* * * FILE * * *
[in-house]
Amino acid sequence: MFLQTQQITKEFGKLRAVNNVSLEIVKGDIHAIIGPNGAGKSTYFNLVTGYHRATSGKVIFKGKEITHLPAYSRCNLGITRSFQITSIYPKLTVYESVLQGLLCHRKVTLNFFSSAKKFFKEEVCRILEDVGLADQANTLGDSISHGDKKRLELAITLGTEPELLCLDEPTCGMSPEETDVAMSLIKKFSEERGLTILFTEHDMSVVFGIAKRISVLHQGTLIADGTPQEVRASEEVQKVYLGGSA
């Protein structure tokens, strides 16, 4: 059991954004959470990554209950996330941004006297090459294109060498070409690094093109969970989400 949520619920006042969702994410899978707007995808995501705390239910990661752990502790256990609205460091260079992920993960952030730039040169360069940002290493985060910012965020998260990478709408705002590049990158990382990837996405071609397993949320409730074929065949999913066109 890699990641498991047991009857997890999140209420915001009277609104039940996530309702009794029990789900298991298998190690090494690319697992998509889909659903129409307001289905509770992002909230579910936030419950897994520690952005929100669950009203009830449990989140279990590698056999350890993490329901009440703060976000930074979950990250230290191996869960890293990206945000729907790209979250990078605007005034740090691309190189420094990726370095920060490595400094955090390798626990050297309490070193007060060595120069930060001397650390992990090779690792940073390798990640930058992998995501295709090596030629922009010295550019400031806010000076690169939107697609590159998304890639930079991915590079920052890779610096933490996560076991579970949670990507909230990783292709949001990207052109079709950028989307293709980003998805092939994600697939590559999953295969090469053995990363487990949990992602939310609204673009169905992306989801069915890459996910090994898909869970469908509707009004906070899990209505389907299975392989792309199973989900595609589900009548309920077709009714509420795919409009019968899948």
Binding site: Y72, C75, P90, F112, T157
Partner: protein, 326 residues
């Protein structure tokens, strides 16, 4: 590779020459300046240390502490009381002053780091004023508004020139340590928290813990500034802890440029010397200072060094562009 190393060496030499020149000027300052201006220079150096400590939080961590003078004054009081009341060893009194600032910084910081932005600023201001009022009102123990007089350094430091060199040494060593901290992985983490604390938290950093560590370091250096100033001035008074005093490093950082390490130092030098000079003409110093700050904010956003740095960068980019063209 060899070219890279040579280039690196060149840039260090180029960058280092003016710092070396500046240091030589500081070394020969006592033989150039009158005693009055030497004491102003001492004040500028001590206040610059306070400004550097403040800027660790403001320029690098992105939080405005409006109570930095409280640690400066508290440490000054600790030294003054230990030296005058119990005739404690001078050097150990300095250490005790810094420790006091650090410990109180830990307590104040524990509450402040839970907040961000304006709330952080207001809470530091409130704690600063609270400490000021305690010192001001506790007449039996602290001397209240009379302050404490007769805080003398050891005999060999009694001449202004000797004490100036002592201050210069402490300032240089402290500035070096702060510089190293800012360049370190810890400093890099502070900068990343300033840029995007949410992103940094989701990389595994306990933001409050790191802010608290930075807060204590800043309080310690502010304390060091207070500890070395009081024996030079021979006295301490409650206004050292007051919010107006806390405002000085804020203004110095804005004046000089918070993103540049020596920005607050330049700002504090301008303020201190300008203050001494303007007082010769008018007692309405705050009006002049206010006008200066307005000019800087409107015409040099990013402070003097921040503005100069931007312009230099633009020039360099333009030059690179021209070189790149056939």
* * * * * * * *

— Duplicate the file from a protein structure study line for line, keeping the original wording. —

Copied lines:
[in-house]
Amino acid sequence: MFLQTQQITKEFGKLRAVNNVSLEIVKGDIHAIIGPNGAGKSTYFNLVTGYHRATSGKVIFKGKEITHLPAYSRCNLGITRSFQITSIYPKLTVYESVLQGLLCHRKVTLNFFSSAKKFFKEEVCRILEDVGLADQANTLGDSISHGDKKRLELAITLGTEPELLCLDEPTCGMSPEETDVAMSLIKKFSEERGLTILFTEHDMSVVFGIAKRISVLHQGTLIADGTPQEVRASEEVQKVYLGGSA
């Protein structure tokens, strides 16, 4: 059991954004959470990554209950996330941004006297090459294109060498070409690094093109969970989400 949520619920006042969702994410899978707007995808995501705390239910990661752990502790256990609205460091260079992920993960952030730039040169360069940002290493985060910012965020998260990478709408705002590049990158990382990837996405071609397993949320409730074929065949999913066109 890699990641498991047991009857997890999140209420915001009277609104039940996530309702009794029990789900298991298998190690090494690319697992998509889909659903129409307001289905509770992002909230579910936030419950897994520690952005929100669950009203009830449990989140279990590698056999350890993490329901009440703060976000930074979950990250230290191996869960890293990206945000729907790209979250990078605007005034740090691309190189420094990726370095920060490595400094955090390798626990050297309490070193007060060595120069930060001397650390992990090779690792940073390798990640930058992998995501295709090596030629922009010295550019400031806010000076690169939107697609590159998304890639930079991915590079920052890779610096933490996560076991579970949670990507909230990783292709949001990207052109079709950028989307293709980003998805092939994600697939590559999953295969090469053995990363487990949990992602939310609204673009169905992306989801069915890459996910090994898909869970469908509707009004906070899990209505389907299975392989792309199973989900595609589900009548309920077709009714509420795919409009019968899948």
Binding site: Y72, C75, P90, F112, T157
Partner: protein, 326 residues
């Protein structure tokens, strides 16, 4: 590779020459300046240390502490009381002053780091004023508004020139340590928290813990500034802890440029010397200072060094562009 190393060496030499020149000027300052201006220079150096400590939080961590003078004054009081009341060893009194600032910084910081932005600023201001009022009102123990007089350094430091060199040494060593901290992985983490604390938290950093560590370091250096100033001035008074005093490093950082390490130092030098000079003409110093700050904010956003740095960068980019063209 060899070219890279040579280039690196060149840039260090180029960058280092003016710092070396500046240091030589500081070394020969006592033989150039009158005693009055030497004491102003001492004040500028001590206040610059306070400004550097403040800027660790403001320029690098992105939080405005409006109570930095409280640690400066508290440490000054600790030294003054230990030296005058119990005739404690001078050097150990300095250490005790810094420790006091650090410990109180830990307590104040524990509450402040839970907040961000304006709330952080207001809470530091409130704690600063609270400490000021305690010192001001506790007449039996602290001397209240009379302050404490007769805080003398050891005999060999009694001449202004000797004490100036002592201050210069402490300032240089402290500035070096702060510089190293800012360049370190810890400093890099502070900068990343300033840029995007949410992103940094989701990389595994306990933001409050790191802010608290930075807060204590800043309080310690502010304390060091207070500890070395009081024996030079021979006295301490409650206004050292007051919010107006806390405002000085804020203004110095804005004046000089918070993103540049020596920005607050330049700002504090301008303020201190300008203050001494303007007082010769008018007692309405705050009006002049206010006008200066307005000019800087409107015409040099990013402070003097921040503005100069931007312009230099633009020039360099333009030059690179021209070189790149056939």